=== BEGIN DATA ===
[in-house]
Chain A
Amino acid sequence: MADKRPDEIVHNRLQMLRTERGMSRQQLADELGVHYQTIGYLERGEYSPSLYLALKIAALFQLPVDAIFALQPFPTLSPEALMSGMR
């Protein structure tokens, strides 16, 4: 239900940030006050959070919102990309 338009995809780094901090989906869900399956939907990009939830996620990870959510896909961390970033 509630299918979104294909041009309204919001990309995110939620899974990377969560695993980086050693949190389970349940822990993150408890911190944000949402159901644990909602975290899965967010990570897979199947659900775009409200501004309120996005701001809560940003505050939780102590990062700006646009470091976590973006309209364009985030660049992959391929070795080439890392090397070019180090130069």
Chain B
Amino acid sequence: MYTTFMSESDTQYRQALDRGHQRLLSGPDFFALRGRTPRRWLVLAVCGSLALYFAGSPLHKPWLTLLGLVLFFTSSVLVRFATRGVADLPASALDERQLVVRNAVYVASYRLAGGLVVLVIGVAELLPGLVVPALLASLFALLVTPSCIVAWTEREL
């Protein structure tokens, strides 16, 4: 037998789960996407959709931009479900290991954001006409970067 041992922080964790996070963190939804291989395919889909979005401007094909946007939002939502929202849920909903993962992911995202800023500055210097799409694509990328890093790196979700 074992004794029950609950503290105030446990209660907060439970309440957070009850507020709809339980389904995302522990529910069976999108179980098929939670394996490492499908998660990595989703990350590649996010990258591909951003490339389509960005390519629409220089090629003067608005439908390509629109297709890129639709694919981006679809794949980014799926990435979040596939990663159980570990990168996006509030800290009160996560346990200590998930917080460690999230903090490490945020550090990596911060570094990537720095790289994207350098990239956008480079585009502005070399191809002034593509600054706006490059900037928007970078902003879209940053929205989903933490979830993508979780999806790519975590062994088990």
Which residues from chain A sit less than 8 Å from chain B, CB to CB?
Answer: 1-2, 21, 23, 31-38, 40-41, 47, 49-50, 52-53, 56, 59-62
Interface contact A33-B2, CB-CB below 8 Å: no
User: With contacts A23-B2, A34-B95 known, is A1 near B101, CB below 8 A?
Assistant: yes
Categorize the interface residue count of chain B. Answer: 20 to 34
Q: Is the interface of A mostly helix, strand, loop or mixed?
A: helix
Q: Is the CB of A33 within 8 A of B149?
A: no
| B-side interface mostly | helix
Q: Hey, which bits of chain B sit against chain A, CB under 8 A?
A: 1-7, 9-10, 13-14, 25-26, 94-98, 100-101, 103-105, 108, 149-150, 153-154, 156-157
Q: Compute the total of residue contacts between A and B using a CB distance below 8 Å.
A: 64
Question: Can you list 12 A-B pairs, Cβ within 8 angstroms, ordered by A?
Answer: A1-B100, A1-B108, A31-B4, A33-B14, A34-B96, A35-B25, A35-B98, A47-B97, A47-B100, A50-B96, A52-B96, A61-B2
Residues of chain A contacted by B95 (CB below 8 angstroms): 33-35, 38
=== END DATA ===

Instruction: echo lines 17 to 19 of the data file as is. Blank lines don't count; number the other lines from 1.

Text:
A: no
| B-side interface mostly | helix
Q: Hey, which bits of chain B sit against chain A, CB under 8 A?